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Updated Aug 3, 2014 - 6:52 pm

Arizona struggles with few established teachers

PHOENIX -- Arizona has been grappling with a shortage of established teachers in public schools across the state, according to education officials.

Large numbers of new teachers and teachers getting ready to retire have left a gap of experienced classroom instructors, the Arizona Capitol Times reported this week.

The Arizona Department of Education said the agency has compiled data showing thousands of the state's teachers have left in the past five years. The Greater Phoenix Education Management Council, a coalition of 42 Arizona school districts, estimates that 72,000 employees left the Arizona State Retirement System before reaching retirement. The education department reported an annual teacher retention rate of about 65 percent.

Paul Stanton, superintendent of the Humboldt Unified School District in Prescott Valley, said the teacher shortage will be felt eventually in the state's economy.

``When a business comes into the community, they look at the teacher turnover rate, they look at the teacher salaries, they look at the factors that impact having great educators in the classroom,'' Stanton said.

Dianne Smith, executive director of council, said the group found more than 100,000 public school employees in the Arizona State Retirement System. Furthermore, the group calculated that 25,000 Baby Boomers will face retirement age in the next five years.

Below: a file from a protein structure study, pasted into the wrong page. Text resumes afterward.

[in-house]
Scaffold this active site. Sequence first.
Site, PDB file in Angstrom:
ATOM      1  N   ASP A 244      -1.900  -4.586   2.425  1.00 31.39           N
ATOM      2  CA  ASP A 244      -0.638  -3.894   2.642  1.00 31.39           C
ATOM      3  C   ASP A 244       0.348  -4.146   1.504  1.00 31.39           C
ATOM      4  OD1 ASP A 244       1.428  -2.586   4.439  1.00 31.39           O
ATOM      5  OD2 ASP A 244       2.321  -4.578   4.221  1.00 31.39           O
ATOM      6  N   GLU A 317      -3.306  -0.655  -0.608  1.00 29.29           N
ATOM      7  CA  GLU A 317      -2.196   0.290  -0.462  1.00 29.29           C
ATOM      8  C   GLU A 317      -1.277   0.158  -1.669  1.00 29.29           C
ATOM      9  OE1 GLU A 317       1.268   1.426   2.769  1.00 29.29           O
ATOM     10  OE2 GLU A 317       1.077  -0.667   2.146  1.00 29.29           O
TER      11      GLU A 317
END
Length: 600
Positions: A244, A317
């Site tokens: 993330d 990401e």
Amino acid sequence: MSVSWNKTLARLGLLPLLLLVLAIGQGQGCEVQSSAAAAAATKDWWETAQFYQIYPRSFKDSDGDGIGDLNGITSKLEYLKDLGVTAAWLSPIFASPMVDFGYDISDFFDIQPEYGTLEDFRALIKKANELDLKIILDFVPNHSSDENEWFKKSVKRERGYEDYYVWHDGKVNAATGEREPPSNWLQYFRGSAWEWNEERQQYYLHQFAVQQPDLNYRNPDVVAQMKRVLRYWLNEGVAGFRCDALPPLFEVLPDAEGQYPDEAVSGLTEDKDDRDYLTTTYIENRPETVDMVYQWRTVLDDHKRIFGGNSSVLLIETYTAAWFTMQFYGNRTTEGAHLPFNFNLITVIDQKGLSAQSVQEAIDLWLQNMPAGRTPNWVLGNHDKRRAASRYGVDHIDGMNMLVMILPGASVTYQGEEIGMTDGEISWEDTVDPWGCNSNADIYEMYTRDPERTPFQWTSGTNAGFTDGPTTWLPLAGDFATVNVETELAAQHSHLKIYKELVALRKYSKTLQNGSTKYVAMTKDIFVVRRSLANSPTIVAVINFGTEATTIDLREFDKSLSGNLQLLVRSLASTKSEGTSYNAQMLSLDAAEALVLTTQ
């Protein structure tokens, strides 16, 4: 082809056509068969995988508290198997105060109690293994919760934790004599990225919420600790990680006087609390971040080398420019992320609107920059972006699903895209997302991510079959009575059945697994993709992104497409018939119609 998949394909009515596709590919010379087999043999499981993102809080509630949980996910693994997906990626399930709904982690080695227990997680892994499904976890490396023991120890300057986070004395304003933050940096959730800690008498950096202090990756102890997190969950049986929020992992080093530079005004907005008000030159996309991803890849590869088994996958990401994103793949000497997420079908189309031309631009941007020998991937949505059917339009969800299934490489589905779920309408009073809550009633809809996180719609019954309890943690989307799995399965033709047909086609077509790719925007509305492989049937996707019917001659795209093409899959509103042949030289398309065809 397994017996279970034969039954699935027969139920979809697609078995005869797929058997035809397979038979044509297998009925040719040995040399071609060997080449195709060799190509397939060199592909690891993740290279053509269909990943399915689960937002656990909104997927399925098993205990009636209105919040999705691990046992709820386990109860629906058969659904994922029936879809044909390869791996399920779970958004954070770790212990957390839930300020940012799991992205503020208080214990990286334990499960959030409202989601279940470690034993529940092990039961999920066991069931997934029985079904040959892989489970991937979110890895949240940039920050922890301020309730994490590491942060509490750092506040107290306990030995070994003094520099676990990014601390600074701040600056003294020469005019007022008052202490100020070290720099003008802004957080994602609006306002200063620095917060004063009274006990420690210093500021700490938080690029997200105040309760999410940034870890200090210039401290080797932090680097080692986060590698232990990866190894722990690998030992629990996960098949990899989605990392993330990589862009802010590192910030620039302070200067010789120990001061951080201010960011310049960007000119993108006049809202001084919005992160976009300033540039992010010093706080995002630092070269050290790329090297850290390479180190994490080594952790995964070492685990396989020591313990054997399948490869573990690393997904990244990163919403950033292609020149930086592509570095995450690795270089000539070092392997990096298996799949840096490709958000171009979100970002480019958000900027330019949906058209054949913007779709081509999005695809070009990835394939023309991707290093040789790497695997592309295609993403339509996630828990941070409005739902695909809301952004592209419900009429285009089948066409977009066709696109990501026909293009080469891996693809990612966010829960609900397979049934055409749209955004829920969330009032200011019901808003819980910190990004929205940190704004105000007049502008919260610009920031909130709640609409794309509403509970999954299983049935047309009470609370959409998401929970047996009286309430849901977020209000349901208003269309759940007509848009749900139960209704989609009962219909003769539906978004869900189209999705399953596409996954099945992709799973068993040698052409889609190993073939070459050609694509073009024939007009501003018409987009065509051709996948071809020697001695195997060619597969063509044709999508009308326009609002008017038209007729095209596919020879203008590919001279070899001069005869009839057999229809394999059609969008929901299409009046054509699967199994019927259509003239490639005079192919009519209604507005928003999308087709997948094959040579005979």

The shortage will only get worse as those Baby Boomer-age teachers retire, educators said.

Superintendents at Arizona schools say low pay and no raises are causing the mass exodus.

``Nobody was ever going to get rich being a teacher, but they could at least make a living of it,'' said Debbie Burdick, Cave Creek Unified School District superintendent.

According to Smith, the council took their findings to the Governor's Office, legislators and the Department of Education. The department drafted a 15-member education and retention task force in April as a result. Cecilia Johnson, an associate deputy superintendent in the department, said the task force is researching the problem nationally and locally. The group plans to announce recommendations to the State Board of Education and lawmakers by Sept. 30, Johnson said.

``While there is probably not any magic bullet, there are a variety of ways we can look at this,'' Johnson said.

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Information from: Arizona Capitol Times, http://www.arizonacapitoltimes.com

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